Denis Shapovalov: This Week’s Player To Watch (April 21-27)

Denis Shapovalov Barcelona
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Every week, LastWordOnTennis will highlight a player to keep an eye on as tournaments are played around the world. This week’s selection is Denis Shapovalov.

There is no respite for the men of the ATP Tour. As the Monte Carlo Masters finishes, the Barcelona Open, an ATP 500-level event, begins and the draw is packed full of talented players that have travelled straight from the principality. Rafa Nadal is backing himself on the “Pista Rafa Nadal” and Stefanos Tsitsipas and Andrey Rublev, last week’s finalists, have given themselves no rest.

This week’s player to watch, however, is Denis Shapovalov, who is fresh as a daisy having not played since Miami. Here are some reasons to catch glimpses of the flashy young Canadian’s game this week.

Beating Expectations

Denis Shapovalov isn’t the first player that comes to mind when you think of clay courts and possibly for good reason. He currently has a record of 17-14 on the red dirt and complained about the heavy conditions of the French Open last year.

It would be foolish to assume Shapovalov can’t cause an upset on the surface, however. He has made the semifinals of two of the seven clay-court Masters events he has played, a strike rate of 29%. That’s a better rate than accomplished clay-courters Dominic Thiem (25%), Diego Schwartzman (17%) and Stan Wawrinka (13%).

Shapo has the potential to cause an upset on this surface. Whether it’s his fellow countryman, Felix Auger-Aliassime, or the Italian phenom, Lorenzo Musetti, facing him in the second round, neither player will underestimate him.

Game Changer

Shapovalov has changed his return position on clay going into this week’s tournament.

He estimates his return position is about three steps behind his hard-court return position. High bounces off the serve are predominant on clay – for a one-hander like Shapo, taking the return of serve from a lower height is crucial to allow to return a heavy ball. Shapovalov also stated:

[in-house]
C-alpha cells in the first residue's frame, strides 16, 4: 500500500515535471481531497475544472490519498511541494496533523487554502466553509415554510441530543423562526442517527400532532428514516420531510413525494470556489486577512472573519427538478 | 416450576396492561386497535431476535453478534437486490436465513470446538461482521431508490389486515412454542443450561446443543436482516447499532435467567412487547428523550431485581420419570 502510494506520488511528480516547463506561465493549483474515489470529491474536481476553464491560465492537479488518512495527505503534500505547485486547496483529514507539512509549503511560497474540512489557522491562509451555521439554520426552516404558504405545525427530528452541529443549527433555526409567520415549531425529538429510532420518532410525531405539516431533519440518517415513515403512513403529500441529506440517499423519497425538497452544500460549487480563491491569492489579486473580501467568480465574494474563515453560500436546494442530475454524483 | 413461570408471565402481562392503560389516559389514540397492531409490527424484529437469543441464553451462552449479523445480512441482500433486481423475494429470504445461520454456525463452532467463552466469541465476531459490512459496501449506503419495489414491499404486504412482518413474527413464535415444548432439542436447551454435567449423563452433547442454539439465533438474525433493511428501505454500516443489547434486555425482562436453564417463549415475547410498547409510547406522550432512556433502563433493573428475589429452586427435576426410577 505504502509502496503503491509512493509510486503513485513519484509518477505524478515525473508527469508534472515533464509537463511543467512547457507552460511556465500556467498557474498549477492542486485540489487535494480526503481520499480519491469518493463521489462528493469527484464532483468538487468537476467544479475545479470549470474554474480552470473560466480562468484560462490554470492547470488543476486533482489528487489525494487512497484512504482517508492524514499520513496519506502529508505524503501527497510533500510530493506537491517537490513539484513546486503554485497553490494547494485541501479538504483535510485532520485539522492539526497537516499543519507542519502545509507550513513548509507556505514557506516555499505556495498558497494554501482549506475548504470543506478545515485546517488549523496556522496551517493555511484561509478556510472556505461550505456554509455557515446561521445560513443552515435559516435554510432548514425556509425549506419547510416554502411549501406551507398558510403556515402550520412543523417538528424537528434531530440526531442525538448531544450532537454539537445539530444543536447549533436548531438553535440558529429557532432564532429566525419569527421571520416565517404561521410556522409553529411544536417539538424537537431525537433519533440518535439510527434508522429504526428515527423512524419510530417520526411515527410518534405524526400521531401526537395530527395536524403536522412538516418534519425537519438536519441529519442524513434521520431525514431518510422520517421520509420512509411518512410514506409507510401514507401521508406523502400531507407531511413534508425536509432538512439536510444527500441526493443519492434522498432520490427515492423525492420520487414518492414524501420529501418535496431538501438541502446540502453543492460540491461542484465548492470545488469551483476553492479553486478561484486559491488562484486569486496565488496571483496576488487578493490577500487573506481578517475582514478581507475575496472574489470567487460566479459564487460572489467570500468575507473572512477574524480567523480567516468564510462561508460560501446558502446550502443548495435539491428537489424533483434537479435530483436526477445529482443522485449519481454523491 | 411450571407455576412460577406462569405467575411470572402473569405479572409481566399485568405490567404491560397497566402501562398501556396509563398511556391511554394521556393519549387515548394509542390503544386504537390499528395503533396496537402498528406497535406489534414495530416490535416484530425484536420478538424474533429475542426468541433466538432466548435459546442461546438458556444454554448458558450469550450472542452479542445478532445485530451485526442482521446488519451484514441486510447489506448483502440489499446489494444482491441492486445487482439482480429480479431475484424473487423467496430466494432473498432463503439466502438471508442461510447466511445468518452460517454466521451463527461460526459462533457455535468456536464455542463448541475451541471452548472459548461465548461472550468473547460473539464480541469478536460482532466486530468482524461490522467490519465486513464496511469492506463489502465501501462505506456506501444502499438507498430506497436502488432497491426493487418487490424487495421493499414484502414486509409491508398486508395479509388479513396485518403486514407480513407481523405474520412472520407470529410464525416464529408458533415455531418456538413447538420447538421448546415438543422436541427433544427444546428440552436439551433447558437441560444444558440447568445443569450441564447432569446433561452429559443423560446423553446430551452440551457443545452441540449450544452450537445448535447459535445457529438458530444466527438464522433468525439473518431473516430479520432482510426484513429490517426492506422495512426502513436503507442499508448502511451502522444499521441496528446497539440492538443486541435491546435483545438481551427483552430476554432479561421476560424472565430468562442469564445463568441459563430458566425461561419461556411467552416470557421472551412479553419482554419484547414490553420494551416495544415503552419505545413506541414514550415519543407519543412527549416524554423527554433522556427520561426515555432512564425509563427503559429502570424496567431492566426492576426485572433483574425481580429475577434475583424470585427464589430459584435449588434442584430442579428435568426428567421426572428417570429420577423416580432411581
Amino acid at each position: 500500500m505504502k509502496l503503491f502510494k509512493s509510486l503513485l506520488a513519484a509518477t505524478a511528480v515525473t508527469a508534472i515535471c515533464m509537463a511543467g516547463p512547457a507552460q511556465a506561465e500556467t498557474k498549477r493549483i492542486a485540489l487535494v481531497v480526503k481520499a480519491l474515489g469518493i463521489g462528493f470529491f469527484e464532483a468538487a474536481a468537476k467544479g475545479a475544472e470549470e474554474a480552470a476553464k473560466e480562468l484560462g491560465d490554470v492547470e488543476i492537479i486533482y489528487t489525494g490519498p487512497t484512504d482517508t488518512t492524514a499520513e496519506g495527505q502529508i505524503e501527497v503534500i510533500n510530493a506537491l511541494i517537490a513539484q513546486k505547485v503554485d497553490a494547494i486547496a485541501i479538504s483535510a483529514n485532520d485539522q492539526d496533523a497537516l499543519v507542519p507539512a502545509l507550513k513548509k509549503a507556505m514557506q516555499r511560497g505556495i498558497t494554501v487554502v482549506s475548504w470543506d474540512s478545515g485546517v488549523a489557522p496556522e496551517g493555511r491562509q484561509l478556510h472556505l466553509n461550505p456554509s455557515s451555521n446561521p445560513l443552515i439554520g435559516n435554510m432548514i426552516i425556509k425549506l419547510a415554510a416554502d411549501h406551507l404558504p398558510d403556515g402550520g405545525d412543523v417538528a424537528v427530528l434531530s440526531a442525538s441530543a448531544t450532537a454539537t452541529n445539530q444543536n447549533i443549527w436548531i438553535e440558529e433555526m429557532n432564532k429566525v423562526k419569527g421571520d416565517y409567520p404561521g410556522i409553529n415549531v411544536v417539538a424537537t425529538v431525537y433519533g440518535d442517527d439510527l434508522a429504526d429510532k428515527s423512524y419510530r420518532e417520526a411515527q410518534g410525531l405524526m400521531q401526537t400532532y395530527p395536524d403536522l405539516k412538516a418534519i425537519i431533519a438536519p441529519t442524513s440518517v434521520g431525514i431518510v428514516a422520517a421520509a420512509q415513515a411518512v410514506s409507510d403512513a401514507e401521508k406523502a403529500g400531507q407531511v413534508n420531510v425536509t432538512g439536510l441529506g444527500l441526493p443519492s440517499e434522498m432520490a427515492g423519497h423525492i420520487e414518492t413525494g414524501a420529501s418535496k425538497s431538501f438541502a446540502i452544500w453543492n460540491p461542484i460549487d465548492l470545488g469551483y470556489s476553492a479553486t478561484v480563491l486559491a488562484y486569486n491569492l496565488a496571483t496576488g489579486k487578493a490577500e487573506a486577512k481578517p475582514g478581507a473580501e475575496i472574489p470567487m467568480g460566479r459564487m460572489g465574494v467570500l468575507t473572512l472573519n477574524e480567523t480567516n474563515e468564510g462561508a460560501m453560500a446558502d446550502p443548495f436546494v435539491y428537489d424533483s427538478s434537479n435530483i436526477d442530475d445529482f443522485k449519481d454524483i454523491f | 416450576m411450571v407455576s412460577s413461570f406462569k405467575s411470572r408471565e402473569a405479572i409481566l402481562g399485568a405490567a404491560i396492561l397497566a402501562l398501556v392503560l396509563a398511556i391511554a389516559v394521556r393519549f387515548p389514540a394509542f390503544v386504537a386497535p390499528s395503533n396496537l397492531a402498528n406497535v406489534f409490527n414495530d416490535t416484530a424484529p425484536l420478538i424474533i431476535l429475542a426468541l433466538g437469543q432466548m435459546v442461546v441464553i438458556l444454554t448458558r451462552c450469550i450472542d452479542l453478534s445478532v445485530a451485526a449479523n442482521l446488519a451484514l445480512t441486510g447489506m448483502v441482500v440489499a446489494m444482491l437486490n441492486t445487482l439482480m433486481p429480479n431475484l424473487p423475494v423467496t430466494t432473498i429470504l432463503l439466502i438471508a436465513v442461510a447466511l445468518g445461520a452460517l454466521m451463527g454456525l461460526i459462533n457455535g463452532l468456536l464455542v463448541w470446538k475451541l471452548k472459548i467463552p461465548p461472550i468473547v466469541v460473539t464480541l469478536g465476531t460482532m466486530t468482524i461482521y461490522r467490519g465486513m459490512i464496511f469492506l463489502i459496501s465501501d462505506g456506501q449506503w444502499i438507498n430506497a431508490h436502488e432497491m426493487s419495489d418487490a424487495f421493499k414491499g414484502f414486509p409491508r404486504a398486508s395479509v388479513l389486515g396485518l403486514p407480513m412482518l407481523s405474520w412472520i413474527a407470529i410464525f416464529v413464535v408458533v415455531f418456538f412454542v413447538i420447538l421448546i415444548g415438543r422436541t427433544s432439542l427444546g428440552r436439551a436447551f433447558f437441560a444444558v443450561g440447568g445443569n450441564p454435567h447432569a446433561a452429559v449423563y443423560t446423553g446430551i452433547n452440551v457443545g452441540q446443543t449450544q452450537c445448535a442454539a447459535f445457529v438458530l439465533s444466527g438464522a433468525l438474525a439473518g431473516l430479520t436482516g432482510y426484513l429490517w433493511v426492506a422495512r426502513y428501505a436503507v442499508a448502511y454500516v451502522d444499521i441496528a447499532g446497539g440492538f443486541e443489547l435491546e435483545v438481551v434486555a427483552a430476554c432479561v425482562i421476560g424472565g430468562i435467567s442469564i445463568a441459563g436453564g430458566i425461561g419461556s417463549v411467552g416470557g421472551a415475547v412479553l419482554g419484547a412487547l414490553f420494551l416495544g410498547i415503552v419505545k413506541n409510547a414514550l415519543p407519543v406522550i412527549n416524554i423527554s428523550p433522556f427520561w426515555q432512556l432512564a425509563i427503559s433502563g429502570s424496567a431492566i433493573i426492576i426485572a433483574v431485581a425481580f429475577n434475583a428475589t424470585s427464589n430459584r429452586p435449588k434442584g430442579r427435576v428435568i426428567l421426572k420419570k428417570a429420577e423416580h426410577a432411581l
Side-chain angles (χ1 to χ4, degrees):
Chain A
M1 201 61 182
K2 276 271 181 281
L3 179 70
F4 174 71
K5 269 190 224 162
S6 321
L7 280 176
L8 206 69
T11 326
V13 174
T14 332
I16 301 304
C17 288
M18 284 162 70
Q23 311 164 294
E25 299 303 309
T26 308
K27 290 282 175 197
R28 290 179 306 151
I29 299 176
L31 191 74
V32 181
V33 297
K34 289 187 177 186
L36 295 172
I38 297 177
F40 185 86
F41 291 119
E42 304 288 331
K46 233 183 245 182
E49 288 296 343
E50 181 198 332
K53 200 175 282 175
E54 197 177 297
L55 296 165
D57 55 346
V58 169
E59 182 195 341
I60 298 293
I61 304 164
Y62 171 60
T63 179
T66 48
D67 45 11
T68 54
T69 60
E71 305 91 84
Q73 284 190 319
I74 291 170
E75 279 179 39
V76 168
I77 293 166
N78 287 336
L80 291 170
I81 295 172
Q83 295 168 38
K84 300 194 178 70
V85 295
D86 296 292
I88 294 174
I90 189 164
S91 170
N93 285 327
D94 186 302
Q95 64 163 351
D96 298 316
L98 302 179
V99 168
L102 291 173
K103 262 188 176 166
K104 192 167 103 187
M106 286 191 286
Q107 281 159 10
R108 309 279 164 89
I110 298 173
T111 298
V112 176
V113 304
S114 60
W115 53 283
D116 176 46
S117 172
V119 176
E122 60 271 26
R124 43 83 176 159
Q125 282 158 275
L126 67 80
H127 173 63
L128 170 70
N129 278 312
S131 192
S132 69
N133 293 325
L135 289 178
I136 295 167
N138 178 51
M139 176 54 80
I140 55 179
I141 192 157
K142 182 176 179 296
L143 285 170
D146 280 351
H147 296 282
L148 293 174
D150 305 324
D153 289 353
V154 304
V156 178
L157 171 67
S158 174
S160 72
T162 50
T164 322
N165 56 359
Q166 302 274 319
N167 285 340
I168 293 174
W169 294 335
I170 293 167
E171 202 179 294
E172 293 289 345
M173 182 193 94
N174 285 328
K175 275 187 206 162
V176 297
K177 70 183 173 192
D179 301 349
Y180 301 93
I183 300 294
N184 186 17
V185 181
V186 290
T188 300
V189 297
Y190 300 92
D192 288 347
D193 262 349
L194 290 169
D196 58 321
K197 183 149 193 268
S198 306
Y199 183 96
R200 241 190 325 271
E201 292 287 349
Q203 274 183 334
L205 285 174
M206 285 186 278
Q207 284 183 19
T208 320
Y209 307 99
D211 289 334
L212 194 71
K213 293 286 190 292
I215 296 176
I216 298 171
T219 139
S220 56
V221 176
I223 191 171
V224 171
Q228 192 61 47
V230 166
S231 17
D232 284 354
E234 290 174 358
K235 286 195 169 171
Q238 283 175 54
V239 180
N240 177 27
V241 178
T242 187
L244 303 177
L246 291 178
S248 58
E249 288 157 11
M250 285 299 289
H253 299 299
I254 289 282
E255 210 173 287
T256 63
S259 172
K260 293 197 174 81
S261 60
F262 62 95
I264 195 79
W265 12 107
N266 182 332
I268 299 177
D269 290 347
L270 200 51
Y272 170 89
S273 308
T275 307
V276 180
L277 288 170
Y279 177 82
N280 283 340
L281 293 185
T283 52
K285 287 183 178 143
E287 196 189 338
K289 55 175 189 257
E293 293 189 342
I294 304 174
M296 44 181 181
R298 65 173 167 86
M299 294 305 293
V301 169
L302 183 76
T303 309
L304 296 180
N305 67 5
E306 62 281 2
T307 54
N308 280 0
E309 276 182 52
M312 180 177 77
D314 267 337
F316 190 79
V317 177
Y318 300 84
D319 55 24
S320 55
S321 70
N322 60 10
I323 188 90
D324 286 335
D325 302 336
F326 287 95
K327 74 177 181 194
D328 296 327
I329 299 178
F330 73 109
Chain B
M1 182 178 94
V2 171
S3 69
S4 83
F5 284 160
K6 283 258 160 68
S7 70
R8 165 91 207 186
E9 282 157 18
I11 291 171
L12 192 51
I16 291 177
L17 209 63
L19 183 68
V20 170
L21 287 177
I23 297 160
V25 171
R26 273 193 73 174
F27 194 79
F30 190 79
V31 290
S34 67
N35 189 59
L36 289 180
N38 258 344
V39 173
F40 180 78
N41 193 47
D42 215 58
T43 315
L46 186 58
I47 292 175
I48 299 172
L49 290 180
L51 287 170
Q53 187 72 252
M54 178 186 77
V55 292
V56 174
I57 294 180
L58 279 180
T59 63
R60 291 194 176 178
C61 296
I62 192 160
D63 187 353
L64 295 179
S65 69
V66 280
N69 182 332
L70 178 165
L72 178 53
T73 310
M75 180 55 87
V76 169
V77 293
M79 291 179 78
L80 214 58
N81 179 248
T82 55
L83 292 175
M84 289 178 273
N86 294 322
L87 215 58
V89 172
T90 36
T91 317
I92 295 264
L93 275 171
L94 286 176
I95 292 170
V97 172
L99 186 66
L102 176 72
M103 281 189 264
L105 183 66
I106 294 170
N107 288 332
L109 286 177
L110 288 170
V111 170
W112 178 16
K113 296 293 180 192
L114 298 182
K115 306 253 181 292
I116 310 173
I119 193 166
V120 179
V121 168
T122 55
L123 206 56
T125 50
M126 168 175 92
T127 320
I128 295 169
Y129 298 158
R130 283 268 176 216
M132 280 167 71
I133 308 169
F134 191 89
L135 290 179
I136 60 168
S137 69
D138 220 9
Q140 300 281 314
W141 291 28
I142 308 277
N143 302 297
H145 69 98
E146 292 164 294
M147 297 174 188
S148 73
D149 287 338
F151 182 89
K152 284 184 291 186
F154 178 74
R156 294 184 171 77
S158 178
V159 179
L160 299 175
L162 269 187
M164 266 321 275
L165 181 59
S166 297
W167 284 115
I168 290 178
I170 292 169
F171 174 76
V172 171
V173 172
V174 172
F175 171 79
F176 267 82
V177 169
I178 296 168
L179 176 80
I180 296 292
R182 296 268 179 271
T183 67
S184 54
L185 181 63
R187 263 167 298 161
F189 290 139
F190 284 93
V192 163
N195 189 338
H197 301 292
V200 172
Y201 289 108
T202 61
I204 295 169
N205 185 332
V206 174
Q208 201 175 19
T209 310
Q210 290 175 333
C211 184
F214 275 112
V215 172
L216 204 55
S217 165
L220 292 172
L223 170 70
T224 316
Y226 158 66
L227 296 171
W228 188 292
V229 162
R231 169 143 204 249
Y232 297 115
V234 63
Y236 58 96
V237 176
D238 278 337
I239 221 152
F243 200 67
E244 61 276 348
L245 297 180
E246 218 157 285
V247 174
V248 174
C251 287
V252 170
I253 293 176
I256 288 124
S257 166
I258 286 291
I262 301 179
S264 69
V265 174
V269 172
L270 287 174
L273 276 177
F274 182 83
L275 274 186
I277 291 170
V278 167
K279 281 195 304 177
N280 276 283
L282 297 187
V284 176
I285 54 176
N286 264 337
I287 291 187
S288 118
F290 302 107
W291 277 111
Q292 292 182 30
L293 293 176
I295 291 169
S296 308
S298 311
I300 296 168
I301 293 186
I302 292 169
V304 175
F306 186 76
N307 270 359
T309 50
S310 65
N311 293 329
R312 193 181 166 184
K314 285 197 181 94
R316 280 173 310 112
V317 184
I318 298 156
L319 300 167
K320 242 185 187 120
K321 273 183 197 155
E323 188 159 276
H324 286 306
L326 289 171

“I also feel on clay there are a lot of tough bounces and on the serve. If there’s a little bit of a [tough] bounce, then it’s pretty impossible when you’re standing close. But if you’re far back, you can still react to it.”

It seems to be working so far. Shapovalov had played Jeremy Chardy three times previously – when he played him on Tuesday, he broke his serve 38% of the time, better than any of his other matches against the Frenchman.

The One-Handed Backhand

The Shapovalov one-handed backhand is a thing of beauty.

Shapo will have had plenty of practice absorbing the power of his opponent’s forehands on that wing as a junior being left-handed. He can deliver stunning passes, airborne rockets, silky dropshots and even no-look winners off of that wing.

Be sure to catch every one of these hotshots in Barcelona!

This Week’s Player To Watch

Denis Shapovalov is an understated clay-court player that has proved he is raring to go this week in Barcelona. Jeremy Chardy has been fairly in-form of late so to dismiss him in straight sets is a statement of intent to his rivals. Though Auger-Aliassime or Musetti will be very tough opponents, Shapovalov should put on a show whatever happens.

Should he get through that match, he will likely be playing Tsitsipas. Perhaps the lefty’s game could throw the Greek a curveball; Tsitsipas has an 11-11 record against left-handers and, though this includes six losses to Nadal, it includes a 1-3 record against Shapovalov.

Be sure to catch the explosive Canadian’s game this Thursday.

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